A series of blazes is burning roughly in the vicinity of Kangerlussuaq, a small town that serves as a basecamp for researchers in the summer to access Greenland’s ice sheet and western glaciers. The largest fire has burned roughly 3,000 acres and sent smoke spiraling a mile into the sky, prompting hunting and hiking closures in the area, according to local news reports.
There’s no denying that it’s weird to be talking about wildfires in Greenland because ice covers the majority of the island. Forests are basically nonexistent and this fire appears to be burning through grasses, willows and other low-slung vegetation on the tundra that makes up the majority of the land not covered by ice.
I quickly made an overview of the MODIS active fires since 2000 over Greenland ifo confidence level. Many low confidence fires in the past pic.twitter.com/iEwJfDCz8W— Stef Lhermitte (@StefLhermitte) August 7, 2017
Data for Greenland fires is hard to come by, but there is some context for fires in other parts of the northern tier of the world. The boreal forest sprawls across Canada, Russia, Alaska and northern Europe, and provides a longer-term record for researchers to dig into. That record shows that the boreal forest is burning at a rate unprecedented in the past 10,000 years.
Stef Lhermitte, a remote sensing expert at Delft University of Technology in the Netherlands, said there is evidence of fires burning in Greenland over the past 17 years of MODIS satellite records kept by NASA. But because of how NASA’s algorithms interpret the satellite data, there’s low confidence that every fire on the map actually occurred.
Jason Box, an ice sheet researcher with the Geologic Survey of Denmark and Greenland, said he observed a lightning-sparked fire in the late 1990s, but that otherwise, fires are rare. Looking at the MODIS record, he said one of the only other high confidence fires was actually a trash burn in 2013, though other satellites show evidence of others fires.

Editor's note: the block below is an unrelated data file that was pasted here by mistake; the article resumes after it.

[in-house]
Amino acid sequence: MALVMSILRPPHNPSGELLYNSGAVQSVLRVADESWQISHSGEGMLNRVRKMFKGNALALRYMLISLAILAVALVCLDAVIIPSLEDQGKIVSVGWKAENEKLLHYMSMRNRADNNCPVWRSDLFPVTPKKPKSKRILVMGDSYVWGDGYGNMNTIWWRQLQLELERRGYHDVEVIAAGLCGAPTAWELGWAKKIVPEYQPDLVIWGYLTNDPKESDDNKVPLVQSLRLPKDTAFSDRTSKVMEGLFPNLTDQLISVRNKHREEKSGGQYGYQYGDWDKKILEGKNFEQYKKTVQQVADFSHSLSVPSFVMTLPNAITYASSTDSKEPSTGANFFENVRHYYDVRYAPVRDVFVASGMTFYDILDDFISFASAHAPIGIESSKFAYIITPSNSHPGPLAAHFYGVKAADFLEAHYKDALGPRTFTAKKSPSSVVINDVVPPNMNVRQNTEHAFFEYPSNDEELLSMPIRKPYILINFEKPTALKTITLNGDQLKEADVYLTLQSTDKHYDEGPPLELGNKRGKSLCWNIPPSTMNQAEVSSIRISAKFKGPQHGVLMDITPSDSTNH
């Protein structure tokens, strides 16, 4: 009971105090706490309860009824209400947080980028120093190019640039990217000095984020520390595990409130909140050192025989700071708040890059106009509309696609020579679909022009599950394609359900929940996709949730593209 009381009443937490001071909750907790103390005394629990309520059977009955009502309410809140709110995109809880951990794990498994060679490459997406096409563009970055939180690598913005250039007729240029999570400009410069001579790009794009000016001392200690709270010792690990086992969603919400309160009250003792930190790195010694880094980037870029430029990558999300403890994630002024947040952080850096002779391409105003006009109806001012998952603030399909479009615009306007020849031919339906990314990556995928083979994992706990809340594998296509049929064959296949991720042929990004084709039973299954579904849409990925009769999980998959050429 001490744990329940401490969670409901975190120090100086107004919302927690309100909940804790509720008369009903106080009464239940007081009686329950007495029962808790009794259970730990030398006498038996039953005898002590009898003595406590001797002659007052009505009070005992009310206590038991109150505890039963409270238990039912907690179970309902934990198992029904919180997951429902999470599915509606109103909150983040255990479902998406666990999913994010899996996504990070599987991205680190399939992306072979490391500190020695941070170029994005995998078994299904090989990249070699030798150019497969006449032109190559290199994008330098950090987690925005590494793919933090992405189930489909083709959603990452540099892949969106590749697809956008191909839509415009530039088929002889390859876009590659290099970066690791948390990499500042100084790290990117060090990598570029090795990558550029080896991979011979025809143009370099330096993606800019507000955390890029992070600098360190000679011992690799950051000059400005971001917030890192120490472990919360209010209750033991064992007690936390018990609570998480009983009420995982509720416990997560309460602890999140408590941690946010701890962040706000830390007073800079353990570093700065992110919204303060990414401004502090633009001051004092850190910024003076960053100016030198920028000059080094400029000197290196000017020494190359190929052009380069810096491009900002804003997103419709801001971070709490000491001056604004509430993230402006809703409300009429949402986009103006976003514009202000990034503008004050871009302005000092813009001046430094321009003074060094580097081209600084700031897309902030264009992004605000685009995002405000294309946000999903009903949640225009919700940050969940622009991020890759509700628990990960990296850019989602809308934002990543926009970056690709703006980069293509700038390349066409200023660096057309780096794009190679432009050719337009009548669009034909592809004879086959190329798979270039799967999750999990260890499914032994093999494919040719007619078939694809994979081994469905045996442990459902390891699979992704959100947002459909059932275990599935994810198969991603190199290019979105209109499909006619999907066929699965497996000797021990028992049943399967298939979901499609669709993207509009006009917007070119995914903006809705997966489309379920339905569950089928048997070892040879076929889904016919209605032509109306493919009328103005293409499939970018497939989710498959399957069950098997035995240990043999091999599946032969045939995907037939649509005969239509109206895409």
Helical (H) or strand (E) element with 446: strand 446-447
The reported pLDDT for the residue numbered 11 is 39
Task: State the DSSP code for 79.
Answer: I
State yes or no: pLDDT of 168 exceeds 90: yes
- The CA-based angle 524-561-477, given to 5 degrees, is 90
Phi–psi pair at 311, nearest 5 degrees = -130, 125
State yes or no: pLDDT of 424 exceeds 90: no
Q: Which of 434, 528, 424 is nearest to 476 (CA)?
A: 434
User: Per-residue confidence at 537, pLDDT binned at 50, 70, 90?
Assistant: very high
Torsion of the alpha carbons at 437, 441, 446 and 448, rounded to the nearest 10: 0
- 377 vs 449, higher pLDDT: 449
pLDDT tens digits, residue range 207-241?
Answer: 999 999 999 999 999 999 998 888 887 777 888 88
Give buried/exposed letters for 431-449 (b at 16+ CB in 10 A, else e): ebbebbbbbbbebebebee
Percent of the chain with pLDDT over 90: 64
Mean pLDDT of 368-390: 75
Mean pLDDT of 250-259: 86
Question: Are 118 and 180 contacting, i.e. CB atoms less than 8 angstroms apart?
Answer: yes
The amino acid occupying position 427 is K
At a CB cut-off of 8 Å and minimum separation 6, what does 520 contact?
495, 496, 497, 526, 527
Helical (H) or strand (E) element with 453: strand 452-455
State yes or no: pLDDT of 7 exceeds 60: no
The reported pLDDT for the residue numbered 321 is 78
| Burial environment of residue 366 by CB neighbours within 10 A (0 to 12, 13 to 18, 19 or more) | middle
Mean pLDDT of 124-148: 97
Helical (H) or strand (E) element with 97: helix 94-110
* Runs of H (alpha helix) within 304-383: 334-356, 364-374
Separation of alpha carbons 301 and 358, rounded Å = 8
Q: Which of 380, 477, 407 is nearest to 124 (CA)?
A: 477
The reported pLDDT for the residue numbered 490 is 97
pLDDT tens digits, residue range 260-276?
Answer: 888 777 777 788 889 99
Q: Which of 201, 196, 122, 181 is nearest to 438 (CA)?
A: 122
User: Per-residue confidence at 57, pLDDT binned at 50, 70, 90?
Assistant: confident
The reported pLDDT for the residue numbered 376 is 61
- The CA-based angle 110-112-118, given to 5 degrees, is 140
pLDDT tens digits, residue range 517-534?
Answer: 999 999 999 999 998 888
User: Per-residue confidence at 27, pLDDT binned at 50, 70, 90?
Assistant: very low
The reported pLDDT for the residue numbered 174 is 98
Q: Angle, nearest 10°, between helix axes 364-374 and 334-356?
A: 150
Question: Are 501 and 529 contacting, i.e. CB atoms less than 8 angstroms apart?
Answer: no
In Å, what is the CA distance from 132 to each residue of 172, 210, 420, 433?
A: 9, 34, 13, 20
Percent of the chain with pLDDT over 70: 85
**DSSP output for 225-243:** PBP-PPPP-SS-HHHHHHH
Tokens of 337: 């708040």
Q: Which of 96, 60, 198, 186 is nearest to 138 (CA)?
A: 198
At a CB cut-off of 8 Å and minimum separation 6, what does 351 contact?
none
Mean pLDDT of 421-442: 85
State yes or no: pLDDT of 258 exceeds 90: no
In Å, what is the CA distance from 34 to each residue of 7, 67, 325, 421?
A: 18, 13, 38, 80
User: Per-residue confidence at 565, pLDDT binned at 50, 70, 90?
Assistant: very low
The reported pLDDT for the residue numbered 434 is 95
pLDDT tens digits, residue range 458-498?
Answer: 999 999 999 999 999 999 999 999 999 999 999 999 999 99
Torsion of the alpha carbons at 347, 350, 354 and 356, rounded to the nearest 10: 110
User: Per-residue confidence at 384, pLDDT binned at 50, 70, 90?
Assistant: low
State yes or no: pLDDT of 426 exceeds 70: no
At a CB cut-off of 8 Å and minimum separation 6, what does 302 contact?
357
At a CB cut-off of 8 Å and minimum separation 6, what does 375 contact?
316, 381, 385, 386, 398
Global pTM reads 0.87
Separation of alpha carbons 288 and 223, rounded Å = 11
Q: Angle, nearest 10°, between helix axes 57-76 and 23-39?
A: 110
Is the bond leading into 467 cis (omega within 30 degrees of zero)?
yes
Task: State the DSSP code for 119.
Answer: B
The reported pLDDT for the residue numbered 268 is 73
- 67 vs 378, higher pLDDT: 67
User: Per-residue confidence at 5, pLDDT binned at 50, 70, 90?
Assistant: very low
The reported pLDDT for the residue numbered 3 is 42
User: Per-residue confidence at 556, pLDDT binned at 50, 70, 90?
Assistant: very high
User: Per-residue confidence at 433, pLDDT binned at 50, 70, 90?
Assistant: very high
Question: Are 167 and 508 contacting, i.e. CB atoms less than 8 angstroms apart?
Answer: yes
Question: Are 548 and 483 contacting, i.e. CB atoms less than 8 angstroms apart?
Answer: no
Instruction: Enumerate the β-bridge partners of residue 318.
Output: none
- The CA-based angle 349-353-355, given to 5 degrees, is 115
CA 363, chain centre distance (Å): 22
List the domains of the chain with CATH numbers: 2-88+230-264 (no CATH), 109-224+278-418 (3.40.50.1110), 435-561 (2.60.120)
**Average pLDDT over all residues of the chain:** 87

To wrap up: wildfires have occurred in the past over Greenland but 2017 is exceptional in number of active fire detections by MODIS pic.twitter.com/2HGaVieTEe— Stef Lhermitte (@StefLhermitte) August 7, 2017
Box also noted that temperatures in the area rose in late July just before the fire was first observed, spiking to above 53°F (12°C) on July 27. While not exactly balmy, the temperature rise may have helped the blazes to spread.
According to La Croix, a French newspaper, there’s no precedent for a fire this size in the European Union’s forest fire system. Looking beyond the satellite record for context specific to Greenland is all but impossible as there are basically no records to refer to.
“There does not appear to be a reliable long-term record of observed wildfires in Greenland,” researchers with the Danish Meteorological Institute’s Greenland monitoring program tweeted.
Ultimately, it’s not the burning of Greenland’s tundra that’s the biggest climate change concern. It’s the island’s massive store of ice that if melted, would be enough to raise sea levels 20 feet.
The ice has been melting at a quickening pace since 2000, partly due to wildfires in other parts of the world. The uptick in boreal forest fires has kicked up more ash in the atmosphere where prevailing winds have steered it toward the ice sheet.
The dark ash traps more energy from the sun, which has warmed the ice sheet and caused more widespread melting. Soot from massive wildfires in Siberia caused 95 percent of the Greenland ice sheet surface to melt in 2012, a phenomenon that could become a yearly occurrence by 2100 as the planet warms and northern forest fires become more common.